1.13On legal issues, the Government says it will investigate whether all the multiple legal bases are justified and whether criminal penalties are envisaged by the proposal.

1.14We thank the Minister for his detailed Explanatory Memorandum (EM) and Impact Checklist.

1.15We note the Government would prefer the EU to take a non-legislative approach to providing protection for whistleblowers on subsidiarity grounds,21 “leaving Member States to consider their own legal frameworks”. However, we do not recommend that the House issues a subsidiarity Reasoned Opinion for the following reasons:

1.16Once negotiations progress, we would be grateful for an update in due course and a response from the Minister to the following questions:

1.17If, as the negotiation progresses, the transposition date changes and the UK may have to implement or it becomes clearer that the UK may have to or want to align with the proposal, we would be grateful for a more detailed legal analysis from the Government about required changes to UK law. This might include whether any changes would be required in relation to gagging clauses, a high-profile issue at the moment.25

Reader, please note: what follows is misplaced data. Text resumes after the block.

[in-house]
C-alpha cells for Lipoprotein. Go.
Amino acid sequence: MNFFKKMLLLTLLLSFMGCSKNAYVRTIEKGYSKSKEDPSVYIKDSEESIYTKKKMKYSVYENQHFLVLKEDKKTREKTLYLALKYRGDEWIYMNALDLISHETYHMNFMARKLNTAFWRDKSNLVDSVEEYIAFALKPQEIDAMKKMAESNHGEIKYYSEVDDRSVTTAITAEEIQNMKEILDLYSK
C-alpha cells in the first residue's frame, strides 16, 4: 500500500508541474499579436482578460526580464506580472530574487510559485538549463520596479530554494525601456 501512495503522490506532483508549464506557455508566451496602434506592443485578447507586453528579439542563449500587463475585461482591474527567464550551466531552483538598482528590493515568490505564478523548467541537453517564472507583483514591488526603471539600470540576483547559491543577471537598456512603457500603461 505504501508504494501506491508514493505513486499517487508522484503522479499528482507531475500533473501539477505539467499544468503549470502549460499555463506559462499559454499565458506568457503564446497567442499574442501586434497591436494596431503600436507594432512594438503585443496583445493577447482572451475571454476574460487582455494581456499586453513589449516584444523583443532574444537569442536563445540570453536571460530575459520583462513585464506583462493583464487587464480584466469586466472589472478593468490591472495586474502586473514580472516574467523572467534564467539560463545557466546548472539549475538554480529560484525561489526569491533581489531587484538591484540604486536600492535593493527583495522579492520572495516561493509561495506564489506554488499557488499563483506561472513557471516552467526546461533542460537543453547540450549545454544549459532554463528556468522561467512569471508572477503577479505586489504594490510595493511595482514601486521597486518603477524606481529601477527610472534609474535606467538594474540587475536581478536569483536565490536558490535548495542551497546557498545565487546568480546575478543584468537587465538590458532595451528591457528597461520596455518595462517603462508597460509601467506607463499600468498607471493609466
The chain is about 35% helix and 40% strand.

1.18In the meantime, we retain the documents under scrutiny. We also draw the chapter and document to the attention of the Business, Energy and Industrial Strategy Committee, the Work and Pensions Committee, the Public Accounts Committee (in view of the Report of a previous Committee on Whistleblowing, the Health and Social Care Committee (in view of the Report of a previous Committee covering whistleblowing in the NHS, the Defence Committee (given the national security implications of whistleblowing), the Digital, Culture, Media and Sport Committee, the Joint Committee on Human Rights, the Women and Equalities Committee and the Exiting the EU Committee.

Full details of the documents